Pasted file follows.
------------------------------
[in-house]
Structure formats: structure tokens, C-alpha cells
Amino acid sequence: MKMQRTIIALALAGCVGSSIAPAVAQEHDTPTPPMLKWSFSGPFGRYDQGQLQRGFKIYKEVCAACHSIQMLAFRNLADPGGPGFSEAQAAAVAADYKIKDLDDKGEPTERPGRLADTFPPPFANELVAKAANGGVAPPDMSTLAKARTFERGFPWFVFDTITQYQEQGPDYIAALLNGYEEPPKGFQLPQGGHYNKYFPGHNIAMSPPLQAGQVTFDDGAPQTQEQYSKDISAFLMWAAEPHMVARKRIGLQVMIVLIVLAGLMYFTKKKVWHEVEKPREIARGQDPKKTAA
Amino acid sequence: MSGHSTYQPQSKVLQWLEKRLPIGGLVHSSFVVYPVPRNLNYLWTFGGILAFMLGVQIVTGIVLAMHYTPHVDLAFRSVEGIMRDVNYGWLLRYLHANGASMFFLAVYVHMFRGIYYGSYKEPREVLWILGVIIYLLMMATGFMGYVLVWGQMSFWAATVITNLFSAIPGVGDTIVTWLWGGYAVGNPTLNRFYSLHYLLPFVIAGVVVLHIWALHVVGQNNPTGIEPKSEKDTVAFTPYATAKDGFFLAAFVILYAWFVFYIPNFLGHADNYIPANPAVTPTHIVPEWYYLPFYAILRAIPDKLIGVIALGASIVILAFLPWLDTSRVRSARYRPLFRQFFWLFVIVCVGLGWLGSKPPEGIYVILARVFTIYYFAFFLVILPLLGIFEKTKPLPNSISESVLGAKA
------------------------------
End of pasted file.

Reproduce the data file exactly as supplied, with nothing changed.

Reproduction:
[in-house]
Structure formats: structure tokens, C-alpha cells
Amino acid sequence: MKMQRTIIALALAGCVGSSIAPAVAQEHDTPTPPMLKWSFSGPFGRYDQGQLQRGFKIYKEVCAACHSIQMLAFRNLADPGGPGFSEAQAAAVAADYKIKDLDDKGEPTERPGRLADTFPPPFANELVAKAANGGVAPPDMSTLAKARTFERGFPWFVFDTITQYQEQGPDYIAALLNGYEEPPKGFQLPQGGHYNKYFPGHNIAMSPPLQAGQVTFDDGAPQTQEQYSKDISAFLMWAAEPHMVARKRIGLQVMIVLIVLAGLMYFTKKKVWHEVEKPREIARGQDPKKTAA
Amino acid sequence: MSGHSTYQPQSKVLQWLEKRLPIGGLVHSSFVVYPVPRNLNYLWTFGGILAFMLGVQIVTGIVLAMHYTPHVDLAFRSVEGIMRDVNYGWLLRYLHANGASMFFLAVYVHMFRGIYYGSYKEPREVLWILGVIIYLLMMATGFMGYVLVWGQMSFWAATVITNLFSAIPGVGDTIVTWLWGGYAVGNPTLNRFYSLHYLLPFVIAGVVVLHIWALHVVGQNNPTGIEPKSEKDTVAFTPYATAKDGFFLAAFVILYAWFVFYIPNFLGHADNYIPANPAVTPTHIVPEWYYLPFYAILRAIPDKLIGVIALGASIVILAFLPWLDTSRVRSARYRPLFRQFFWLFVIVCVGLGWLGSKPPEGIYVILARVFTIYYFAFFLVILPLLGIFEKTKPLPNSISESVLGAKA